How to Fit New Taps
Whether you are updating your bathroom or having a complete renovation, you’re likely going to need new taps to be fitted. This is a job you can do yourself, but just how do you fit new taps?
This is one of those tasks which shouldn’t be too difficult or too expensive. Fitting new bathroom taps should be a straightforward enough project to take on yourself, so long as you use common sense and follow simple instructions.
Obviously, where water is involved, if you make mistakes then things can go wrong quickly, so check out our step by step guide below on how you fit new taps.
Firstly, let’s distinguish between the two most popular types of basin or bath taps:
Mixer taps are the most common type of basin tap found in modern bathrooms. They require a single taphole for both the hot and cold water to flow from. They can be controlled by either one leaver or two separate taps, giving you a better control over the temperature of the water.
With pillar taps, you have two taps – one for the hot water and the other for cold. These are most common in traditional bathrooms. Interestingly, the UK is one of the few countries in the world now which still uses pillar taps, where you have to decide whether to wash your hands with hot water or cold water – but not both at the same time.
Your choice will be based on how each of these options looks, the type of system you had previously and the ease with which they can be installed.
Of course, before fitting new taps, you’ll need to remove the existing ones...
How do I remove old taps?
It might sound obvious, but the first thing you need to do is turn off your water supply. You can imagine the water carnage in your house if you fail to take this action – so make sure the supply has been turned off before you begin any work. Once the water has been turned off, turn the taps on until they run the system dry.
Then you will need a wrench to undo the nut which connects the tap to the supply pipes. It can be tricky to get access to this – especially under the bath, but perseverance will usually get you there.
Now undo the nut which attaches your taps to the bath or basin. You may find it useful to have another person holding onto the tap so it doesn’t turn as you try to undo the nut.
Check what you have
Now that the taps are removed you need to clean the entire area and remove any old adhesive and dirt. Check the condition of your pipes, fixings and joins. It is at this stage that you will want to make any necessary repairs.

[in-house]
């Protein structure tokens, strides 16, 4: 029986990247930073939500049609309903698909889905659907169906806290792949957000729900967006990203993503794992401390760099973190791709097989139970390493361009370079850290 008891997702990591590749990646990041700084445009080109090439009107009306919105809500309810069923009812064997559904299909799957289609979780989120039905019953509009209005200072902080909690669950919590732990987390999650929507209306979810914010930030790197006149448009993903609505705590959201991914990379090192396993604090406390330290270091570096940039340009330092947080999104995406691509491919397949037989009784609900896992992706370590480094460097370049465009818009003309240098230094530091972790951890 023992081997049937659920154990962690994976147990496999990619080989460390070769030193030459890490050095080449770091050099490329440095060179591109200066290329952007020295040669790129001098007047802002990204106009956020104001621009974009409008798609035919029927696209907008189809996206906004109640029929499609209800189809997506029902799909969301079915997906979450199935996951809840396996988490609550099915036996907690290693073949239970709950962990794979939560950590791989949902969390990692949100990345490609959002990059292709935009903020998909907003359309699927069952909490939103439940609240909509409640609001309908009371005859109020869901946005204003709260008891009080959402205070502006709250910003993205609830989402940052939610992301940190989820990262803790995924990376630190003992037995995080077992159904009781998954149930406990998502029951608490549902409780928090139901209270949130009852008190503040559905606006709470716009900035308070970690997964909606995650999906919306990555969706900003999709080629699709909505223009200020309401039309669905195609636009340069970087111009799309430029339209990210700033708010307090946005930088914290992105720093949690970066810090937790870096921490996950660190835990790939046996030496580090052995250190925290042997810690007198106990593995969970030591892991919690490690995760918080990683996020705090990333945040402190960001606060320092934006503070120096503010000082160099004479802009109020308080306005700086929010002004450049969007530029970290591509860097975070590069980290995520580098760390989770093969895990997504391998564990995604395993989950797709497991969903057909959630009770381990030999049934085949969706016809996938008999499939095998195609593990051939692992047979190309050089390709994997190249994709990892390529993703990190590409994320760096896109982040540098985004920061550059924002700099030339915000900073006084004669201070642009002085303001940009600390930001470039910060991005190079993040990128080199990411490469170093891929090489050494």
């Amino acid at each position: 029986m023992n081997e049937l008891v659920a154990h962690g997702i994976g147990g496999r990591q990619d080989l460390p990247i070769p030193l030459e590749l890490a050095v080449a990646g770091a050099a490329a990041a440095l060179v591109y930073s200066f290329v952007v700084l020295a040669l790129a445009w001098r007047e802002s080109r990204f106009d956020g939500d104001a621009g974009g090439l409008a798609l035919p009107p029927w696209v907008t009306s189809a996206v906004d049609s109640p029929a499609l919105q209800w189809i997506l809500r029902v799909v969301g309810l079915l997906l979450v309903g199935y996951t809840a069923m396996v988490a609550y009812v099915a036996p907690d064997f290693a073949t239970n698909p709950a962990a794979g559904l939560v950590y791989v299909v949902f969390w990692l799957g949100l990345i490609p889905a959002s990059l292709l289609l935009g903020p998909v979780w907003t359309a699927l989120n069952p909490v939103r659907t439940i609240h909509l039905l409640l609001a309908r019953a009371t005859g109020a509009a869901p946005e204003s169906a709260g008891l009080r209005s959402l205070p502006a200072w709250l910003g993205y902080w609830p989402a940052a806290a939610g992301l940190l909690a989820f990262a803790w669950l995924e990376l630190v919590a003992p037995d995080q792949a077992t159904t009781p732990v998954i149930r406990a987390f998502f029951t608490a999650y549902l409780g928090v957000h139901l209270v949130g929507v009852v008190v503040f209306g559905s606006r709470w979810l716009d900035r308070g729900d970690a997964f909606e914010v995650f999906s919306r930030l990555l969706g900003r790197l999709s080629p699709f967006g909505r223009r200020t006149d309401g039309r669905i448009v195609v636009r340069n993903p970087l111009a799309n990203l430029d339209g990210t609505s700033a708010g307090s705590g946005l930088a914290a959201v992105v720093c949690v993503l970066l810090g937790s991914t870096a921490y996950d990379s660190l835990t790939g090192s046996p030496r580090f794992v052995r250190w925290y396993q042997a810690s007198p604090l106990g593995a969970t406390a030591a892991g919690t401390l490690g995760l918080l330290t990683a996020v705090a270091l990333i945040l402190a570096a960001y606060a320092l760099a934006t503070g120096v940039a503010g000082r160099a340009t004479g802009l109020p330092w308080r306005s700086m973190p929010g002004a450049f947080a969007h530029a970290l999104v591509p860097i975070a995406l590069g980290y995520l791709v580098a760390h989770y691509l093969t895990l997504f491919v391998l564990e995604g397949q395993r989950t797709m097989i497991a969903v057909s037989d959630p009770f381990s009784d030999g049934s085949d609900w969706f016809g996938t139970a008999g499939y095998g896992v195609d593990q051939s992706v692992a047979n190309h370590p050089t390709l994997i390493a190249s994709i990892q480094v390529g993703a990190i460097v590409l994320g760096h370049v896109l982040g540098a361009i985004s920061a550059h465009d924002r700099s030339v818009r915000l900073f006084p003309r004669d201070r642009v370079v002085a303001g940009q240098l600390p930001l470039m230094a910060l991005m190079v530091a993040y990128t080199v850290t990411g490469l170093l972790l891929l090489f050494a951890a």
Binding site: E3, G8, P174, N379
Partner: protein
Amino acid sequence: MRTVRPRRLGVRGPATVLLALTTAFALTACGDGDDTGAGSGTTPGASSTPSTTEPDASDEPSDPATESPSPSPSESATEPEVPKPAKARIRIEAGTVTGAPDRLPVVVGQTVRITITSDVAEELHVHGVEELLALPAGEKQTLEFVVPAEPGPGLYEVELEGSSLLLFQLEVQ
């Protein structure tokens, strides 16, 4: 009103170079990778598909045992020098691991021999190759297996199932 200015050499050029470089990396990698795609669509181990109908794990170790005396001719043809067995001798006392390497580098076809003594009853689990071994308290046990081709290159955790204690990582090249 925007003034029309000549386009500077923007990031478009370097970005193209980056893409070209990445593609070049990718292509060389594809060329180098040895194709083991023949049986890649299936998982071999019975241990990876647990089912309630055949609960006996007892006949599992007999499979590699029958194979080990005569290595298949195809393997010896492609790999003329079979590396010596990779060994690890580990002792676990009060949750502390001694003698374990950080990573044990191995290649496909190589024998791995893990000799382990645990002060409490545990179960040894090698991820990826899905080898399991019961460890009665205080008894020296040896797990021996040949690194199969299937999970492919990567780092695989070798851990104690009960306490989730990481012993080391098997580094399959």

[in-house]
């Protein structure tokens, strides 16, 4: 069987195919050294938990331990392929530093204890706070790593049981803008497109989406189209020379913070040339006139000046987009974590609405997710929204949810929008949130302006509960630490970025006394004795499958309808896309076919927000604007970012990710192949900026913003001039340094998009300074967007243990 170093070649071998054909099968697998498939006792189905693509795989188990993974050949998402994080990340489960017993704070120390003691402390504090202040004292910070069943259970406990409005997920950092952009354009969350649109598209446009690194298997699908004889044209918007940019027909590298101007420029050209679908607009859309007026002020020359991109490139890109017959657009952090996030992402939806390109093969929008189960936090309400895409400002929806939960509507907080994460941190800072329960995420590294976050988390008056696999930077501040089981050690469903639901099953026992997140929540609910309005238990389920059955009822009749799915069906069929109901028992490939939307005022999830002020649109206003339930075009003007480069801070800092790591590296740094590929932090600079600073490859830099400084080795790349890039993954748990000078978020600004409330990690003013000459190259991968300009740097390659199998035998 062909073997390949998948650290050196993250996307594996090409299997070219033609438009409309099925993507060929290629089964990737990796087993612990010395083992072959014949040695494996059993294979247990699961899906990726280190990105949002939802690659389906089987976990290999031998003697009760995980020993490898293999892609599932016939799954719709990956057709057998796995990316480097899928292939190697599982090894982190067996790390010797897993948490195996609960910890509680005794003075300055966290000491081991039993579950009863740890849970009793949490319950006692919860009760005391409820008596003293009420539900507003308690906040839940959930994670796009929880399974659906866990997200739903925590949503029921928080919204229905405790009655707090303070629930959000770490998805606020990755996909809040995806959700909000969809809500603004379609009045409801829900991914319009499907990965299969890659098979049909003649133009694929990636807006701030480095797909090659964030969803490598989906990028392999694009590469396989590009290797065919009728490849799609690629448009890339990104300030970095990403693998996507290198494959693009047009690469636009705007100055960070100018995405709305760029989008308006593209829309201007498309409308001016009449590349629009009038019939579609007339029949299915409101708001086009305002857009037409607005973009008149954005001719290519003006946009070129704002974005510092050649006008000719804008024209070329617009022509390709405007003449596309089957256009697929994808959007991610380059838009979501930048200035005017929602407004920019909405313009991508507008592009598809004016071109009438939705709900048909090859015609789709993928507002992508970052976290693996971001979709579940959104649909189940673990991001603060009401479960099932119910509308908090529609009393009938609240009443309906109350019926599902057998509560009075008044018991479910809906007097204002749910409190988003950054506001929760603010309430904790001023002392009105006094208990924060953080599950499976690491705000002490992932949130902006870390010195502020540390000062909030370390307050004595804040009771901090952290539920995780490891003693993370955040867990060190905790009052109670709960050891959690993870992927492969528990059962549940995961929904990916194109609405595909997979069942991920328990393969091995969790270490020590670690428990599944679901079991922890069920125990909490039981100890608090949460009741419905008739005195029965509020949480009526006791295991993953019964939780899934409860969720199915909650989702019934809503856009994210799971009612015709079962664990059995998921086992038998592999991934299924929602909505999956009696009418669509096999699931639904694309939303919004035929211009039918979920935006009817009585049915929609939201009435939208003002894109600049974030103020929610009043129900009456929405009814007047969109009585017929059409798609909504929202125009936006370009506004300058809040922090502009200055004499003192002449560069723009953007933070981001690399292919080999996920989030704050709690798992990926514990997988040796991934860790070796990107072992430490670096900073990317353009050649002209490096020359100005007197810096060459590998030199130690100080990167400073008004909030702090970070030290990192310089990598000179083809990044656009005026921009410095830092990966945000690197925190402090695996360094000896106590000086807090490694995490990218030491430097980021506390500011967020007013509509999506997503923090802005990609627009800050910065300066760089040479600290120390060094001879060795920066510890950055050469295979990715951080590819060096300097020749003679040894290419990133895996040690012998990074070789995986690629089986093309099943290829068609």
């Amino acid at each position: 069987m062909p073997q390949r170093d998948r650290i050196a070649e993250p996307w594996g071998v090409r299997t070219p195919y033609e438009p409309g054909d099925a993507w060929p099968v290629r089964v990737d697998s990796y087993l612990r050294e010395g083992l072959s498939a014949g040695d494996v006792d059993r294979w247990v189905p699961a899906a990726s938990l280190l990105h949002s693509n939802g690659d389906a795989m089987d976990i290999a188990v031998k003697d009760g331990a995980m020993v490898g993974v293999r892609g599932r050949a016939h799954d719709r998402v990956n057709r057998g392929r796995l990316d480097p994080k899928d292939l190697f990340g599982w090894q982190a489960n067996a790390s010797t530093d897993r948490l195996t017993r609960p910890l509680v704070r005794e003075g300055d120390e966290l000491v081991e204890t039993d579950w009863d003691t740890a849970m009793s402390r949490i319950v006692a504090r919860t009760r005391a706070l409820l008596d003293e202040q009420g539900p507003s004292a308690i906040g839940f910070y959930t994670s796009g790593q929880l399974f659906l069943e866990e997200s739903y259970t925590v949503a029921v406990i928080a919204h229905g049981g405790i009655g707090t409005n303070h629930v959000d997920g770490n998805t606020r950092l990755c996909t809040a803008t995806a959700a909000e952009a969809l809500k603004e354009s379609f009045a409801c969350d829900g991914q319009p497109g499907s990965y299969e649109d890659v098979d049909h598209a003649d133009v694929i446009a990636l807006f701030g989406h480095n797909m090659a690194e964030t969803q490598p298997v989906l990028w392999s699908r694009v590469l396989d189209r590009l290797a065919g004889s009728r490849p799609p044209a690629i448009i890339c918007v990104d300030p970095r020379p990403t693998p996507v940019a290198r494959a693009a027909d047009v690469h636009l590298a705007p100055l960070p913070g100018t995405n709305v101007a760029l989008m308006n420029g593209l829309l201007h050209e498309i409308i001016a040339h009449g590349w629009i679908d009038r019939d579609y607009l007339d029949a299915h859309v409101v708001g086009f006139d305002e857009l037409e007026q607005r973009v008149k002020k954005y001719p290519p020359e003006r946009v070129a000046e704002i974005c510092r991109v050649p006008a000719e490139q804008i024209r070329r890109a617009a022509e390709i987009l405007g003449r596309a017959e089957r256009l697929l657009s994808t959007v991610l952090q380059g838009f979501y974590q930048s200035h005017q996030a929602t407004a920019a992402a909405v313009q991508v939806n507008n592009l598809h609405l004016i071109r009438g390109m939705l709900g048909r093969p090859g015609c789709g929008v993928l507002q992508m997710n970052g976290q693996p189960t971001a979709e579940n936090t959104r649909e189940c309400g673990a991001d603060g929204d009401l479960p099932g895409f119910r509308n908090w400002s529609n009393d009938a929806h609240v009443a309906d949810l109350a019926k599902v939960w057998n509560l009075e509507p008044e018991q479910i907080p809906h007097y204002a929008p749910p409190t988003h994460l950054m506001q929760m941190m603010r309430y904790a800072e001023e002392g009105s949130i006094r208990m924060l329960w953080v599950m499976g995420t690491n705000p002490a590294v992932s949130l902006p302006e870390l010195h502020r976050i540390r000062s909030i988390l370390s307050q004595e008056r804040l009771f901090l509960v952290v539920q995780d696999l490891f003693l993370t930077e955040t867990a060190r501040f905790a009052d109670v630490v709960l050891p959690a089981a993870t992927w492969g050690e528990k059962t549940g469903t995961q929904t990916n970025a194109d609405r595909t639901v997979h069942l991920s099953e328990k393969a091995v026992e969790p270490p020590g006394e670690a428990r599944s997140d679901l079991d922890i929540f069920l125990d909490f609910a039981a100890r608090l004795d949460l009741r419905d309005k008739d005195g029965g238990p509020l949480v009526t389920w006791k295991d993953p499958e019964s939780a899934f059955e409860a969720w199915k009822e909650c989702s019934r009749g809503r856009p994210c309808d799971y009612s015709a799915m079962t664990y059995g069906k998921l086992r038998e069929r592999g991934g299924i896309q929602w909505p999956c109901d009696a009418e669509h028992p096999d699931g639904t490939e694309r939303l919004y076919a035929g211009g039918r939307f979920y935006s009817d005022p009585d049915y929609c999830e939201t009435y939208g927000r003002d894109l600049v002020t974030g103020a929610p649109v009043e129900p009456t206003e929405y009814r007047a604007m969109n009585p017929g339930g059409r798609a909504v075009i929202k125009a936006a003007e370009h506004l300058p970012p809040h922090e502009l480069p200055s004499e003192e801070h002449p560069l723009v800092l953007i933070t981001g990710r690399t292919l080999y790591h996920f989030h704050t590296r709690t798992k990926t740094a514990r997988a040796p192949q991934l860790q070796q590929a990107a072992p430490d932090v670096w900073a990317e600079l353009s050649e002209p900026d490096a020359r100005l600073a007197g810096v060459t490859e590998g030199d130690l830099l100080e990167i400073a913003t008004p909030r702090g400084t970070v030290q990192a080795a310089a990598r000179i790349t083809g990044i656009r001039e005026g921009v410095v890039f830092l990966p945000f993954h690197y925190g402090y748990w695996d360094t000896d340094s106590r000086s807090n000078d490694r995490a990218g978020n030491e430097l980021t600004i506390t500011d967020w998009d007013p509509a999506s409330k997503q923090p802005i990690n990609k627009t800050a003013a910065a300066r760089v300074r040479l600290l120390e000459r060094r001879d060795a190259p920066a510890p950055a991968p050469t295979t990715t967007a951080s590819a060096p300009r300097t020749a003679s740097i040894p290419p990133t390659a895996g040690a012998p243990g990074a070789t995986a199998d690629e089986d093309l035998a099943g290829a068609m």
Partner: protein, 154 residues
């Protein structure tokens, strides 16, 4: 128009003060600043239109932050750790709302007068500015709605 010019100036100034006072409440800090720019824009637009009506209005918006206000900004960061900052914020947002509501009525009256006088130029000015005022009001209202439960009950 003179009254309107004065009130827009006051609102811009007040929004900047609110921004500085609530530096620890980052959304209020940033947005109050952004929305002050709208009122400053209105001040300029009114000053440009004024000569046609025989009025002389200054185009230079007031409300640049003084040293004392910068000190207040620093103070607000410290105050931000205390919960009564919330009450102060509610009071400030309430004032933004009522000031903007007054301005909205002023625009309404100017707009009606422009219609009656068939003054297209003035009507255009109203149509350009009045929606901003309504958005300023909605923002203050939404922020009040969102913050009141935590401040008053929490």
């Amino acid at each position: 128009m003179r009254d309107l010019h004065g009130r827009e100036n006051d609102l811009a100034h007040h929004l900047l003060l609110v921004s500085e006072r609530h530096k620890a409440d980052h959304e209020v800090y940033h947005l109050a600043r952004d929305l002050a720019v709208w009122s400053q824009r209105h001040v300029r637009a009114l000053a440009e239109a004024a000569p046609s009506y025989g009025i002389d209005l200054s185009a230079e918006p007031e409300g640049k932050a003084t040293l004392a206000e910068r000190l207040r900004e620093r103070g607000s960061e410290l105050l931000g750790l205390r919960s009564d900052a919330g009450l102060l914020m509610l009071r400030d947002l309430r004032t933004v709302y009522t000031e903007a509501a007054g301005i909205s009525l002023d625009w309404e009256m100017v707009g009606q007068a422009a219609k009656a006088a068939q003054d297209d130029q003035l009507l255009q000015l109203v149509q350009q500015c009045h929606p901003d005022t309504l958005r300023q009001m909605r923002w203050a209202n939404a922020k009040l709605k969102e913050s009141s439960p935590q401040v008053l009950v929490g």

Check that the fittings for your new taps will work on your old pipework. You may need to get an adaptor if there is any discrepancy. Plastic fittings may require a connector to the pipes, while a mono block tap (with one spout) will need a reducing coupler. The tap will come with a 10mm pipe which needs to be increased to the 15mm supply pipe.
If you are doing the job from scratch, you should already have your plumbing in place. Check to make sure it is positioned correctly and that it reaches the bath or basin.
Fit the new taps
Place your taps into the holes in the bath or sink with the washers between the tap and the surface of the bath or basin. A backnut will be supplied which can tightened to attach the tap.
Once the taps are attached, the supply pipes can be connected. It is possible to use copper piping to do this or push-fit plastic fittings. Copper is useful for awkward positioning but you will require a blowtorch and solder to fit the lengths together.
When connecting to the water supply, just hand tighten each end until the position is correct and you feel that the water will run without any problems. This should mean that there are as few twists and turns as possible. Try to keep your plumbing neat. Once you are happy, tighten both ends.
Check for leaks
Now is the time to turn on the water and run the taps. Just gently at first. Check carefully all around the connections and the taps themselves to see if any water is escaping.Remember that even the smallest drip can lead to damage over time. If a leak is detected, simply tighten the nuts and connections and try again. Your last resort will be to take it apart and try again.
A plumber will charge you a fortune to fit some taps – so doing it yourself will save you plenty. So you will be able to buy those fancy new taps you had your heart set on.
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